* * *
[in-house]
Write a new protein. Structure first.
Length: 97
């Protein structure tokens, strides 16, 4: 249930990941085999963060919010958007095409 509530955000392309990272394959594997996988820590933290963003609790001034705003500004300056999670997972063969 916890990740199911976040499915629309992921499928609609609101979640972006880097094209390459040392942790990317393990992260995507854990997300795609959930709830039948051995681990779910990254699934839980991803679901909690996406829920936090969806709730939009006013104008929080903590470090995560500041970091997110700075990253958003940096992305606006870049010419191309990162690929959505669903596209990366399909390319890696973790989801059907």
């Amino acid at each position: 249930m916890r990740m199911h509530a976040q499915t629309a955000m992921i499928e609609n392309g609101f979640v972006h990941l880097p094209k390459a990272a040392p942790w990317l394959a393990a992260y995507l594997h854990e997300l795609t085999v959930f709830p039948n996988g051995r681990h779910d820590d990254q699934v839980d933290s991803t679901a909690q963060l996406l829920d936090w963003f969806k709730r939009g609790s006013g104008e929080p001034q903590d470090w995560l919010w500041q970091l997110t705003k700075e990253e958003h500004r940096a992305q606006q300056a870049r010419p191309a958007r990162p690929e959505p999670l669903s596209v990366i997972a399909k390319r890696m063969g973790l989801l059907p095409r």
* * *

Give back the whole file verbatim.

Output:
[in-house]
Write a new protein. Structure first.
Length: 97
């Protein structure tokens, strides 16, 4: 249930990941085999963060919010958007095409 509530955000392309990272394959594997996988820590933290963003609790001034705003500004300056999670997972063969 916890990740199911976040499915629309992921499928609609609101979640972006880097094209390459040392942790990317393990992260995507854990997300795609959930709830039948051995681990779910990254699934839980991803679901909690996406829920936090969806709730939009006013104008929080903590470090995560500041970091997110700075990253958003940096992305606006870049010419191309990162690929959505669903596209990366399909390319890696973790989801059907």
């Amino acid at each position: 249930m916890r990740m199911h509530a976040q499915t629309a955000m992921i499928e609609n392309g609101f979640v972006h990941l880097p094209k390459a990272a040392p942790w990317l394959a393990a992260y995507l594997h854990e997300l795609t085999v959930f709830p039948n996988g051995r681990h779910d820590d990254q699934v839980d933290s991803t679901a909690q963060l996406l829920d936090w963003f969806k709730r939009g609790s006013g104008e929080p001034q903590d470090w995560l919010w500041q970091l997110t705003k700075e990253e958003h500004r940096a992305q606006q300056a870049r010419p191309a958007r990162p690929e959505p999670l669903s596209v990366i997972a399909k390319r890696m063969g973790l989801l059907p095409r």